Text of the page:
Here is a closeup of the graph showing how little effect interest rate cut had:

Rates were beginning to be cut in 2007. Yet, the recession began in 2008 and didn’t end until 2009.

The central bank’s recent cuts have been very modest adjustments of 0.25 percent each, and it should take the next meeting as an opportunity to do at least that much.

In fact, economist Kevin Warsh — a former Fed official, and usually a monetary policy hawk — has already called for the central bank to do just that. Financial analysts just told Politico they anticipate two rate cuts in April and June, and U.S. financial markets are already pricing in an 85 percent chance of a rate cut by mid-summer. 

Yet even with financial markets anticipating rate cuts, the stock market has dropped like a stone.

The reason. Rate cuts have at best, a modest stimulative effect, and may even have a recessive effect.

Fiscal policy should also get in on the act. Obviously, the government should be making whatever public investments are necessary to respond to the virus directly: more resources for health responders to screen for symptoms, monitor the spread, and care for people who have become infected.

Congress is already debating spending packages of $4 billion to over $8 billion — and policymakers have blasted the Trump administration for a tepid response so far.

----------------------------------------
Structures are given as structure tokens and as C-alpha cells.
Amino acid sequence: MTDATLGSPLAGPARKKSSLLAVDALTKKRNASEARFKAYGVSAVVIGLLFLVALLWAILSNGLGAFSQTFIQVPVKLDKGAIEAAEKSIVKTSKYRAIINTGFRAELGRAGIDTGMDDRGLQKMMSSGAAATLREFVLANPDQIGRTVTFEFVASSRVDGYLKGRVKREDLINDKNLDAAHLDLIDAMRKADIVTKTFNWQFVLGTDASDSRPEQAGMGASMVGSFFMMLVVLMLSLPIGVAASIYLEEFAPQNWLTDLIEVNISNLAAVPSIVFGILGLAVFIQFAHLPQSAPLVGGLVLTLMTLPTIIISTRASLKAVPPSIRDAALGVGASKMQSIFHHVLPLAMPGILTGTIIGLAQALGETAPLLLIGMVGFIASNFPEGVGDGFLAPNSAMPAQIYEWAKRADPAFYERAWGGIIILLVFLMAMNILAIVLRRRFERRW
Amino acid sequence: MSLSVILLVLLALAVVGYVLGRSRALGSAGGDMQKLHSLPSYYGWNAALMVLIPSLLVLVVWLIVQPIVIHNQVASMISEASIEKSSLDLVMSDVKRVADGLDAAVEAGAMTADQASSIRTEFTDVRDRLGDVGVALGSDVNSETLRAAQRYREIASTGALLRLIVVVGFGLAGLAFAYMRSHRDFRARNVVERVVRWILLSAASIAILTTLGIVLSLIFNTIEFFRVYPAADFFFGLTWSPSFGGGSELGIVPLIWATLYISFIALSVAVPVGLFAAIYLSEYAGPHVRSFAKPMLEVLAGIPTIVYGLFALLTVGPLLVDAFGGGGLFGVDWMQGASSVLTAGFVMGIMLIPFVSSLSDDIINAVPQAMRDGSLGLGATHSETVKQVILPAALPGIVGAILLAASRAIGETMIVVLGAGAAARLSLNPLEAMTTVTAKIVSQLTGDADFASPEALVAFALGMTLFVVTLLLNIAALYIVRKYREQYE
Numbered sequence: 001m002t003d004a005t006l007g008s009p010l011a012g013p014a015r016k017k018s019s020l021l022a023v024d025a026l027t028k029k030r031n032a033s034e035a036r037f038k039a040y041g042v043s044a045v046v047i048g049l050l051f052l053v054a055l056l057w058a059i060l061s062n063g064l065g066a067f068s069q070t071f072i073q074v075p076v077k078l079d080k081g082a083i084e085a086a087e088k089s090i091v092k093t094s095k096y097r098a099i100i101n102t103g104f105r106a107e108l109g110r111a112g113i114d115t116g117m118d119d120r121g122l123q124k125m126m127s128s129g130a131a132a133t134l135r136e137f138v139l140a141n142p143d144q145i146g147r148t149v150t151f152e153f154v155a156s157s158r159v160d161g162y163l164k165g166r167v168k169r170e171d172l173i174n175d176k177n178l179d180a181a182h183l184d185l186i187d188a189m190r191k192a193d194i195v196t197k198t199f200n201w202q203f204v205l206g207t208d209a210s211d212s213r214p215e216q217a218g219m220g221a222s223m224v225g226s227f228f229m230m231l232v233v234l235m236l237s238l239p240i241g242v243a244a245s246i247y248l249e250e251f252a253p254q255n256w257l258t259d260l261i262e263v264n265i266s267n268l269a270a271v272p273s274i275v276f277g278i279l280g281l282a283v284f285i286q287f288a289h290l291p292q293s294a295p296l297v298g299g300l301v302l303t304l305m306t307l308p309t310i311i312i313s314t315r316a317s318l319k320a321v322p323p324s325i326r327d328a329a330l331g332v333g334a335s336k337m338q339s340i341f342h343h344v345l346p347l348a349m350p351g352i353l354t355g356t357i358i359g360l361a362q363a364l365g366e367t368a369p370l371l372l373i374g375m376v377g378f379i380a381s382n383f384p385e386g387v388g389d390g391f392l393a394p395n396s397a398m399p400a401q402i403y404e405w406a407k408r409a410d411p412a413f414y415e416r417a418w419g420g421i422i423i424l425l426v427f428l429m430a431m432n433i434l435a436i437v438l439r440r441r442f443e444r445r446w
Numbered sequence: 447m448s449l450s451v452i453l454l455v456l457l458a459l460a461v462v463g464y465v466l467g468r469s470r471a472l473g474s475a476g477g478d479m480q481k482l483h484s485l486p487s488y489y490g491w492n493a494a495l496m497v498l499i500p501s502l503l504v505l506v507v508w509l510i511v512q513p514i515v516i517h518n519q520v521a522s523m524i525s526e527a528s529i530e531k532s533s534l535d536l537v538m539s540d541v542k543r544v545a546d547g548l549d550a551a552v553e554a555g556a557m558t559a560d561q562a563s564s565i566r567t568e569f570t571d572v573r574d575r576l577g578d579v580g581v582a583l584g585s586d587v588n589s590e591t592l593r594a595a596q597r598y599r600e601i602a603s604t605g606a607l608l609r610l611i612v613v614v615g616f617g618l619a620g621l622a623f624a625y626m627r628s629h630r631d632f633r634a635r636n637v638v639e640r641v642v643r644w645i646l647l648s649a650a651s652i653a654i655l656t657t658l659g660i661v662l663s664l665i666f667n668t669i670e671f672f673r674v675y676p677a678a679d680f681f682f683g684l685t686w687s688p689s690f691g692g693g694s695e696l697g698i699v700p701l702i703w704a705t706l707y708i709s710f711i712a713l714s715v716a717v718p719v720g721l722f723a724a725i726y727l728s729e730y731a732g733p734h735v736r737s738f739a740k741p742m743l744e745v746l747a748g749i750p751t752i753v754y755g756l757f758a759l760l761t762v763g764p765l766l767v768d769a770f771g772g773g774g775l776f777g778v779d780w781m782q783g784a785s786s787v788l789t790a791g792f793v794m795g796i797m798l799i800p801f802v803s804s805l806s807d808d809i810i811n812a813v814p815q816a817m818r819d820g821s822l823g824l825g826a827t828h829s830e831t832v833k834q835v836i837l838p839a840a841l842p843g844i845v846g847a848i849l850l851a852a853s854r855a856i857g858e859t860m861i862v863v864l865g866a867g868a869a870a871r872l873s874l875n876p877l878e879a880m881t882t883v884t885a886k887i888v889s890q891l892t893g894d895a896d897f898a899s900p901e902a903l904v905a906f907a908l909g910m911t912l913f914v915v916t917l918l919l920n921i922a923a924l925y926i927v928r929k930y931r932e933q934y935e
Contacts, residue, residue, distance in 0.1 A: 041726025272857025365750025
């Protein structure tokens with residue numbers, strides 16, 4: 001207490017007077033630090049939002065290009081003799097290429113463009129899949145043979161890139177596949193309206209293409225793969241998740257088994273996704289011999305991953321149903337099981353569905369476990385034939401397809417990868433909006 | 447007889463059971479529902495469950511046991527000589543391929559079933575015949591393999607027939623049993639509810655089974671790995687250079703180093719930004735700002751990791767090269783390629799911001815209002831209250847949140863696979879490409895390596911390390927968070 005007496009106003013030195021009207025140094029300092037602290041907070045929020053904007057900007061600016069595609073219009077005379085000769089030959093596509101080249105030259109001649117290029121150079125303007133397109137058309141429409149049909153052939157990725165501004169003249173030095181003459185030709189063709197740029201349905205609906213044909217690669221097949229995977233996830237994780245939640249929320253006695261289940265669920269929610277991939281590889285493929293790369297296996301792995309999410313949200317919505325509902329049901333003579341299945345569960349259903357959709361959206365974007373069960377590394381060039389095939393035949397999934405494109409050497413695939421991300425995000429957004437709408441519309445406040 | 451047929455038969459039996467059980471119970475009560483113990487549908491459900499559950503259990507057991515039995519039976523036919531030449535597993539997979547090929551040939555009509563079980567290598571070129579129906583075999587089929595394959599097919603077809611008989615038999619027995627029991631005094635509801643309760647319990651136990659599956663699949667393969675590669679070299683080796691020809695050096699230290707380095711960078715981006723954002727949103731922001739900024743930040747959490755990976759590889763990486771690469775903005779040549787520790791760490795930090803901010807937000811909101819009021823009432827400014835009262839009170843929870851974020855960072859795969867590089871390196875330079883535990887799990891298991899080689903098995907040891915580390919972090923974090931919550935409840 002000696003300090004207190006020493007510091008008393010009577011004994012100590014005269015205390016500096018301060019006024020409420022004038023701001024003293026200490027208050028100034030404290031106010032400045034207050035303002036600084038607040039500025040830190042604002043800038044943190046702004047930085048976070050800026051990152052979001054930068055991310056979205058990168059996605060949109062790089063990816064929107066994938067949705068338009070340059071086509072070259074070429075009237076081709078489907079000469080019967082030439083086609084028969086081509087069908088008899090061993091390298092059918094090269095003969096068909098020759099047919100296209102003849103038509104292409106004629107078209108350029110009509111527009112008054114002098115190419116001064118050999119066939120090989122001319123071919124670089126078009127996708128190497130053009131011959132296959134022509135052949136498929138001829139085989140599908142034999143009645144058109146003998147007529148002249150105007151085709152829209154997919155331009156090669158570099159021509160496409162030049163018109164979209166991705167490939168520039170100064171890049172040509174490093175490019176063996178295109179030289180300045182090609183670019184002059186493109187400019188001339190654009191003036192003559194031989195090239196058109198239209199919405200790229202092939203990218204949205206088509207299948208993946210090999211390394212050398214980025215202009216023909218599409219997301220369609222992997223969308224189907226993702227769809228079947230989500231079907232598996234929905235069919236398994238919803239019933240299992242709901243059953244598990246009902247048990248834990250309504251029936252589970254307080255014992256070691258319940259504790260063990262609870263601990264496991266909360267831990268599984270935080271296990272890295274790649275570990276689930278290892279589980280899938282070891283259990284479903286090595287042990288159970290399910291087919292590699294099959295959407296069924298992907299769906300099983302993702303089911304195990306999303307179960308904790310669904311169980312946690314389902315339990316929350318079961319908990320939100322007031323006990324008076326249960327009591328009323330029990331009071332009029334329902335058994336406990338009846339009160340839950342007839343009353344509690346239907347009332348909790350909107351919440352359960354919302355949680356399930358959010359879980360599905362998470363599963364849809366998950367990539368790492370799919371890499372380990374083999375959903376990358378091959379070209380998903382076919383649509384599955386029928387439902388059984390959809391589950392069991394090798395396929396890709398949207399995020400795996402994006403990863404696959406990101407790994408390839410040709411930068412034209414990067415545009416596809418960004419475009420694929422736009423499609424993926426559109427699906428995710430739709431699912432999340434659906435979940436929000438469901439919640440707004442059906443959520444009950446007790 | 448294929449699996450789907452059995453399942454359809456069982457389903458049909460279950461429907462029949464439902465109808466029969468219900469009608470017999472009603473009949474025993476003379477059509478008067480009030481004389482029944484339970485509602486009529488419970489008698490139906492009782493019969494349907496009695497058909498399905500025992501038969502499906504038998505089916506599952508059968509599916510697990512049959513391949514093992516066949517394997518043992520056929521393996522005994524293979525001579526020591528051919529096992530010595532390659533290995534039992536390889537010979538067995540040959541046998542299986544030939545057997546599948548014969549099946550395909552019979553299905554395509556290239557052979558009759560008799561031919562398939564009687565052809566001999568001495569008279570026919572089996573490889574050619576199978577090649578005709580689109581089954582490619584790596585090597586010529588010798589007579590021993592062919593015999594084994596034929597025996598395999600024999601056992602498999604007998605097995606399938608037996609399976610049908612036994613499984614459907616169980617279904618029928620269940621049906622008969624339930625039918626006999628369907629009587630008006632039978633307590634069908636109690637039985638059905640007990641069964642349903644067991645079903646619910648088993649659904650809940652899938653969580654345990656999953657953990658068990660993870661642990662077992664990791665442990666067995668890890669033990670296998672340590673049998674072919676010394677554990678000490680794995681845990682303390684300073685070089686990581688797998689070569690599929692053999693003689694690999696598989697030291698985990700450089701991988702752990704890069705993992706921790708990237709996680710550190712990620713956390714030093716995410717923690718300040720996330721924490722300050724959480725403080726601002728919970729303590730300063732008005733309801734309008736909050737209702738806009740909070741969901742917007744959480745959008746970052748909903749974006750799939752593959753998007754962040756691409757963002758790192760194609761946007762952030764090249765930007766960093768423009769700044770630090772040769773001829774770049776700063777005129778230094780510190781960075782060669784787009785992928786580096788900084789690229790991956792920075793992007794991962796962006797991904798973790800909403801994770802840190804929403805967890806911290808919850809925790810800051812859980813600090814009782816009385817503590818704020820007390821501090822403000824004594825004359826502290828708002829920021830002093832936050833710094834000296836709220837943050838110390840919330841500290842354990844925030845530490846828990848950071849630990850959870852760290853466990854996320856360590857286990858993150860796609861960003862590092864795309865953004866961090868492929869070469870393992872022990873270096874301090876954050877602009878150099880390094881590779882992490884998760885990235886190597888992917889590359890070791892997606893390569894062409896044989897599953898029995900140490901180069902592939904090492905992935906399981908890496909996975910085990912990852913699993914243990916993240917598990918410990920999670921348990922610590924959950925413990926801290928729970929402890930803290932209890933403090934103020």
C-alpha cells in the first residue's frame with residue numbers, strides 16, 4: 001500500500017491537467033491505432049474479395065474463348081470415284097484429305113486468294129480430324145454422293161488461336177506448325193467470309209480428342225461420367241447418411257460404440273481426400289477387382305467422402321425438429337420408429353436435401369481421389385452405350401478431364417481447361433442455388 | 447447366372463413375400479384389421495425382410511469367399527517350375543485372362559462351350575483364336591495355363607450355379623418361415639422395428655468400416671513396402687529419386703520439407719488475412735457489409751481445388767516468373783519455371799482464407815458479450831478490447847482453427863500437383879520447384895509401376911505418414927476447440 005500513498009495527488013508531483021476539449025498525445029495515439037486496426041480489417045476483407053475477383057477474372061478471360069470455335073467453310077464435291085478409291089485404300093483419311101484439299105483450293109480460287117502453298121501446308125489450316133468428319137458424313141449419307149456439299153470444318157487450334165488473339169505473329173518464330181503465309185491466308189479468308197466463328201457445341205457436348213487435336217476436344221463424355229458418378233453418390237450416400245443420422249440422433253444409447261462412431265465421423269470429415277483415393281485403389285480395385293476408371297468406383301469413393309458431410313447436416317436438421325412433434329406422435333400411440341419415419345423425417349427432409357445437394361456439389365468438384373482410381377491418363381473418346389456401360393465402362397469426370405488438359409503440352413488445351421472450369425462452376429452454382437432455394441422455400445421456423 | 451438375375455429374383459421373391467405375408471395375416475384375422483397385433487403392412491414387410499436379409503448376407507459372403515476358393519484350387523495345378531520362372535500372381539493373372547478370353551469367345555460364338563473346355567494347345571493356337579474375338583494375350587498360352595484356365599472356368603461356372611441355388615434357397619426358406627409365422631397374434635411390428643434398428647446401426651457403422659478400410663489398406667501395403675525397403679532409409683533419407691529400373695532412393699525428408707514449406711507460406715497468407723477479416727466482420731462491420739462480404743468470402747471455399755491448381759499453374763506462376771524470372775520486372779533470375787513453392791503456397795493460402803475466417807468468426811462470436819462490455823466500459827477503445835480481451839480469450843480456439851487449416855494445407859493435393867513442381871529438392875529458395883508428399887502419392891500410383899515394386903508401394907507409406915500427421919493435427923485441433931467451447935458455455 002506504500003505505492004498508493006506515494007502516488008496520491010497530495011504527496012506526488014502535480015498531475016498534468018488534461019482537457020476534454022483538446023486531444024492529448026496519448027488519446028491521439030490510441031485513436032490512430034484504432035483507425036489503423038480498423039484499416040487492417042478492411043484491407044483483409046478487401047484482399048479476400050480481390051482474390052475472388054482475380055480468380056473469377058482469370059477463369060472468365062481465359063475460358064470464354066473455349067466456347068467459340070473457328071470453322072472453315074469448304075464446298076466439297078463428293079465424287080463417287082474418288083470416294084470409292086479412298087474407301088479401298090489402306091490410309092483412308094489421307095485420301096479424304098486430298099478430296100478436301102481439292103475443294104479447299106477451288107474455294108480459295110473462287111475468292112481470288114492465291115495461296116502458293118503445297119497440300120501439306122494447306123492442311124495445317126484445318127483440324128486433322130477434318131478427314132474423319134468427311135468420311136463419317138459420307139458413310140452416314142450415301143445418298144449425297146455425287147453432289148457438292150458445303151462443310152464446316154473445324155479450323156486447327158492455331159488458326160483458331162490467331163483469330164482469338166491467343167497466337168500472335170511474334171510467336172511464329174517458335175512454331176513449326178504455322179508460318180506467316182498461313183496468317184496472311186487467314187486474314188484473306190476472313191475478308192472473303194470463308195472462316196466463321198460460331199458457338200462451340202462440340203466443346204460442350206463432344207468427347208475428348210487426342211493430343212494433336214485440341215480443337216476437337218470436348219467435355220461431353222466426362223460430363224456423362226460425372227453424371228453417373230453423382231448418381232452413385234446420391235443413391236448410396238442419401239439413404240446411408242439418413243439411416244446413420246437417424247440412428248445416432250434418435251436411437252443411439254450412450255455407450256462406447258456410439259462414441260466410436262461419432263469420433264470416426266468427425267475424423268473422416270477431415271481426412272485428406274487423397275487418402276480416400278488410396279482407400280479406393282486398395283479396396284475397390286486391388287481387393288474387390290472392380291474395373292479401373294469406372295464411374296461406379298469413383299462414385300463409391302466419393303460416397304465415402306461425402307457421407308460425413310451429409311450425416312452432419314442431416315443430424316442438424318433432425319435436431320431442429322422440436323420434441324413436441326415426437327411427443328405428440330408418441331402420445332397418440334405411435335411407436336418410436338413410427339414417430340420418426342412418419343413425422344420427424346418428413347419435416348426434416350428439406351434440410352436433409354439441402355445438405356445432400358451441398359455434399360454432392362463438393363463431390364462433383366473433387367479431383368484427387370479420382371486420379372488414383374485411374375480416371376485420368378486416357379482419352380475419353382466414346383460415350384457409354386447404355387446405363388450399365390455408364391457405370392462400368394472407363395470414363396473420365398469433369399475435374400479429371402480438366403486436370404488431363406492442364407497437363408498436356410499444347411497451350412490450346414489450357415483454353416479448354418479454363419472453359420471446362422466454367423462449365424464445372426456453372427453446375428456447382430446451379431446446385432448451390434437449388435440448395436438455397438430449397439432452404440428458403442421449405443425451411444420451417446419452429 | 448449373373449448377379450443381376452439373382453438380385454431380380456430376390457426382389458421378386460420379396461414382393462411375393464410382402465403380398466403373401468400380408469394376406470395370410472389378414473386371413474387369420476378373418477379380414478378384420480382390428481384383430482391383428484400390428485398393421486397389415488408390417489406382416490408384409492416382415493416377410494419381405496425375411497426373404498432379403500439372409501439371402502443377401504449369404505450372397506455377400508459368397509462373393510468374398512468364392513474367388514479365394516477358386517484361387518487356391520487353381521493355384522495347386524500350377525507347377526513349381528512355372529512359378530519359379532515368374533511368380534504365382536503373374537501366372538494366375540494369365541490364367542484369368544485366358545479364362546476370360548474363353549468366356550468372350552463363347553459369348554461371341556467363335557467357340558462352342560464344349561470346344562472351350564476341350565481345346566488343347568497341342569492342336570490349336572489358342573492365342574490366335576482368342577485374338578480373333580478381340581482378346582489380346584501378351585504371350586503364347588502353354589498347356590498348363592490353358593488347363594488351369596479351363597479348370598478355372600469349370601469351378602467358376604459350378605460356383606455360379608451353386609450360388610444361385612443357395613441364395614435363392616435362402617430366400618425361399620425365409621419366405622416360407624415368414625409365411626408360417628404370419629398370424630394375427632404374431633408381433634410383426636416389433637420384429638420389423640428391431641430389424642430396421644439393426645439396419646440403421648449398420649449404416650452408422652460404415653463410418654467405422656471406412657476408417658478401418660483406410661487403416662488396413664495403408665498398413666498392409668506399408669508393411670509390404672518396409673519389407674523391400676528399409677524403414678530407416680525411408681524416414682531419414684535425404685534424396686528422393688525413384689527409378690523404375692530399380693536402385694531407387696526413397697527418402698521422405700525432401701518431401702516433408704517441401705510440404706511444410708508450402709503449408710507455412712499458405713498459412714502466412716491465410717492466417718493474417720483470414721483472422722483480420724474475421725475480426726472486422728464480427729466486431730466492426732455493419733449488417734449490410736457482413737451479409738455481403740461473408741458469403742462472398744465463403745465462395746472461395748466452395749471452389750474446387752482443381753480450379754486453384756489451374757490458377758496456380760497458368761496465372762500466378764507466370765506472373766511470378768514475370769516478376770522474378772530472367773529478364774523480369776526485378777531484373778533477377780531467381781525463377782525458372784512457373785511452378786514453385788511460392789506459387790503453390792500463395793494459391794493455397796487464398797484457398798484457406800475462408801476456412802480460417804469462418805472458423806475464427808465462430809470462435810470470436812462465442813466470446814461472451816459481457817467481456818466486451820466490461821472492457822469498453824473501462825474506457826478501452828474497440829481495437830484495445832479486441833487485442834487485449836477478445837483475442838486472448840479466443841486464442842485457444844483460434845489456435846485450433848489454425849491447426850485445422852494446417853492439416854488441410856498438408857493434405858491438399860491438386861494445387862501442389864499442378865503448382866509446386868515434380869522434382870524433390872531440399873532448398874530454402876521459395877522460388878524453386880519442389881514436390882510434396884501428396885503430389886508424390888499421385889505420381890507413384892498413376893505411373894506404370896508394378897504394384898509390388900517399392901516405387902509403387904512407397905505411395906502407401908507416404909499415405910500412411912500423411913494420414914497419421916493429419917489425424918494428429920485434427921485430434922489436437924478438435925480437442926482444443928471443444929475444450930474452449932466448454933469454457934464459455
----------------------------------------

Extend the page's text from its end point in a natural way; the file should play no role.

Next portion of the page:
No one should be surprised at the “tepid response.” Remember, this is the administration that moved heaven and earth to eliminate ACA (Obamacare), not because it was bad but because it has Obama’s name attached to it.

This also is the administration that favors cuts to Social Security and Medicare, increases in the FICA tax, and is rabidly opposed to Medicare for All.

But we also need broader measures to support economic activity as a whole, and get more spending money out there.

A good example is the tax cut passed in response to the 2001 recession: President George W. Bush signed the tax cut in February, and by the end of April rebate checks were going out to Americans in the mail.

And that 2001 recession ended in the 4th quarter of 2001.

Another example is the temporary payroll tax cut that was part of the 2009 stimulus under President Obama. Federal payroll taxes bring in a colossal amount of money — roughly six percent of GDP each year — and reducing them or even eliminating them for a temporary period would leave that money in the economy for spending.

Indeed, since payroll taxes are automatically collected out of each paycheck, a halt to the tax would immediately put more money in Americans’ pockets.

If there were a clear head in Washington, the payroll tax (FICA) would be permanently eliminated in its entirety. (See Step 1. of the Ten Steps to Prosperity, below.)

Contrary to popular myth, the FICA does not fund Social Security, nor does it fund Medicare. In fact, the FICA tax does not fund anything.

Every single FICA dollar deducted from your paycheck and every single FICA dollar paid by your employer is destroyed upon receipt by the U.S. Treasury. They cease to exist in any money supply measure.

The reason is quite simple. The federal government (unlike state and local governments) is Monetarily Sovereign. It has the unlimited ability to create its own sovereign currency, the U.S. dollar. It never can run short of dollars.

Alan Greenspan: “A government cannot become insolvent with respect to obligations in its own currency.”